How to keep squirrels out of bird feeders

This is a million dollar question for backyard bird enthusiasts chasing after zealous squirrels eating all their bird’s seeds. The good news is there are plenty of methods available to keep squirrels out of bird feeders.

Assess Your Squirrel Situation

You are going to need to develop a solid strategy to combat the problem. There are a couple options. The first option is to invest in a quality squirrel proof bird feeder. The market offers a wide variety of these feeders all which do different things to discourage the hungry squirrel. It is important when designing your plan to assess your backyard environment.

Some yards are tree laden, while others offer less launching platforms. A squirrel will launch from anything it can—a wire, fence, roof and whatever else help their ultimate goal. They also can jump straight up at over 5 feet. They are glorious trapeze artists and can hang by one paw off the slimmest perch.

Another thing to consider is whether or not you are willing to replace the existing bird feeders with squirrel proof feeders or modify them with squirrel proof home remedies.

Know What is Available

To help with your plan for reclaiming your back yard bird life, here are the six basic types of squirrel proof feeders available on the market today:

  • Baffles: Baffles are dome or cone shaped devices that can fit in two places on a bird feeder. They are either above the feeder so the squirrel cannot climb down, or they are underneath so the squirrel cannot climb up. Many of the squirrel proof bird feeders have these built in. You can also buy a baffle separately or make your own baffle system.
  • Cage: These mesh cages are very effective at stopping a squirrel. The concept behind the design is quite simple. The center is the traditional bird feeder and around it is a steel mesh cage material which is just big enough for birds to eat, but the squirrel cannot access the seed. Like baffles, you can buy separately or make your own, however this can be more trouble than it is worth. It is less expensive and more realistic to just purchase the cage feeder, they work so well.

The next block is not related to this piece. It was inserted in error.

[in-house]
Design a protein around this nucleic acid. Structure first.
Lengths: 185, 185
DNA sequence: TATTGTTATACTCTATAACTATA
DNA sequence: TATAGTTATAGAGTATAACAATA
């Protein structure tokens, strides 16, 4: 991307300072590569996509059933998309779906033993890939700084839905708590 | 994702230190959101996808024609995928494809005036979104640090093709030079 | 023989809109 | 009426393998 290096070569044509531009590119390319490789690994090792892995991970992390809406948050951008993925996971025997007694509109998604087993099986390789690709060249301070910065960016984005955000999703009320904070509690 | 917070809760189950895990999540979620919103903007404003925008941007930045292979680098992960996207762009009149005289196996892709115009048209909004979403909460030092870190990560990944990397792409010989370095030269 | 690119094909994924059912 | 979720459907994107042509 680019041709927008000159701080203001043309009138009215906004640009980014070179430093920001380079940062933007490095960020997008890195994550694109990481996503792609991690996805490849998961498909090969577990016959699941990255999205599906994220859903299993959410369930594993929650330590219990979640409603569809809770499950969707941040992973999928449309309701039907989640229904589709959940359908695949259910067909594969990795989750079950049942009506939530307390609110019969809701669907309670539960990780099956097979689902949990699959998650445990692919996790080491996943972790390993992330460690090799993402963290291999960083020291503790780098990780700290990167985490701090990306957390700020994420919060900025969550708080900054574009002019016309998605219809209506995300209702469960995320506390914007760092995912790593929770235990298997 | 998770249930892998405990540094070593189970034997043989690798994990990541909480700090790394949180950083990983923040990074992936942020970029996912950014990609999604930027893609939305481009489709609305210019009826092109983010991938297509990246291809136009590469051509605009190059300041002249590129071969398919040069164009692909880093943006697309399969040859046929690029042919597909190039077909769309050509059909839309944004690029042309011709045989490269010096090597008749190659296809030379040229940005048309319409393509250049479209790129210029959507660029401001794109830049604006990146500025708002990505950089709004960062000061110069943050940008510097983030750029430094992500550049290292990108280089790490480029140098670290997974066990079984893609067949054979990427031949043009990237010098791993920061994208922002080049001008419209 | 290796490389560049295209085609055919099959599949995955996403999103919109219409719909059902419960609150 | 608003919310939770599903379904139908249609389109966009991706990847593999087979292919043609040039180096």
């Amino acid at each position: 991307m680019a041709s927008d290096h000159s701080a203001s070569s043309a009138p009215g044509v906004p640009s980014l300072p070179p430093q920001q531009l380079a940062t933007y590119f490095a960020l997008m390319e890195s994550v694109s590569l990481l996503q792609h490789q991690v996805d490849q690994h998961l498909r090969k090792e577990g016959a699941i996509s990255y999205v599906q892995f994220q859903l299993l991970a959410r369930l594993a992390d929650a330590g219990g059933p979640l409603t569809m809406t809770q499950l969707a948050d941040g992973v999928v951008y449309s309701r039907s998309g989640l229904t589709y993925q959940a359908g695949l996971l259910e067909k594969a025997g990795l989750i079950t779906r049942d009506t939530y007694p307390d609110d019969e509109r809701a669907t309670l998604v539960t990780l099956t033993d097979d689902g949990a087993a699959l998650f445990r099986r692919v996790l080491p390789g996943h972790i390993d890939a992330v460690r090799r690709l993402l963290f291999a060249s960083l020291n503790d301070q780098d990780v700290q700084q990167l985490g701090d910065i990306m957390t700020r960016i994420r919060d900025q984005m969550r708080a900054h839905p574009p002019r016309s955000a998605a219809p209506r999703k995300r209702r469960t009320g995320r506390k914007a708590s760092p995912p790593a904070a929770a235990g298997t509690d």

• Tension: There are some great squirrel proof bird feeders on the market which use a tension-spring action to control what can access the seeds. Some have weight detection built into the perch, so if a squirrel steps on it, the perch is the lever which closes the door to the seeds.Another type is a spring-activated baffle which collapses and dumps the squirrel to the ground. Similar to tension feeders is the motorized version which when activated by the squirrel will start twirling the base until the squirrel is launched off. There is another version of this which will spin the entire feeder from the top as soon as a squirrel hops on board.
  • Collapsible: Perches are convenient for squirrels to hang onto while they hungrily grab at the bird seed. There are squirrel proof bird feeders with collapsible perches only. The perch is meant to hold the weight of a bird, and anything heavier will spill the furry mammal to the ground.
  • Zapper: On the market now is a newer idea for discouraging squirrels from a bird feeder, but it comes with much controversy. Zappers give a harmless shock, similar to static shock, to scare the squirrel away. When a squirrel is trying to get at the seeds, you just press the zapper button.
  • Rolling: The rolling bird feeder is a uniquely patented design which sways in different directions when a squirrel launches on it from above. As the squirrel tries to maneuver around it, the rolling action dumps the would-be seed thief to the ground.

More Squirrel Deterrence Ideas

  • Location: Squirrels can jump distances of at least 8 feet or greater, so any feeder should be placed well away from trees, wires, and other launching points to make it more difficult for squirrels to get on the feeder. Ideally, mount birdfeeders on a smooth metal pole at least six feet high, and prune any branches or bushes within a 12 foot radius.
  • Cleanliness: Keep the area around the feeder clean removing any spilled seed from the ground that could look like a meal to squirrels. As well, the birds do not eat old or rotting seed.
  • Spinners: Hang a feeder from a thin horizontal wire strung with spinners to keep squirrels from climbing across the wire. Spinners may be a line of thread spools, short lengths of pipe or hose, or empty plastic soda bottles strung along the wire that will spin and keep squirrels from accessing the feeder.
  • Feeder Style: If you need to replace feeders that squirrels have destroyed, opt for specially designed birdfeeders with doors that will be trigged by a squirrel’s weight to close and restrict access to seed. Try to choose a metal feeder when possible. There are some really great new designs in feeder styles on the market today with triggering mechanisms.
  • Seed: While squirrels will easily try out most types of birdseed, they are less attracted to nyger thistle and safflower seed. For some reason, they seem to have an aversion to these two bird specialties. You can also offer up some spice in the seed. Squirrels are sensitive to perceived heat of peppers, but birds are not. Add a little cayenne pepper in the birdseed to deter squirrels. Some retailers have pre-treated seed available, but it should be treated just as cautiously.

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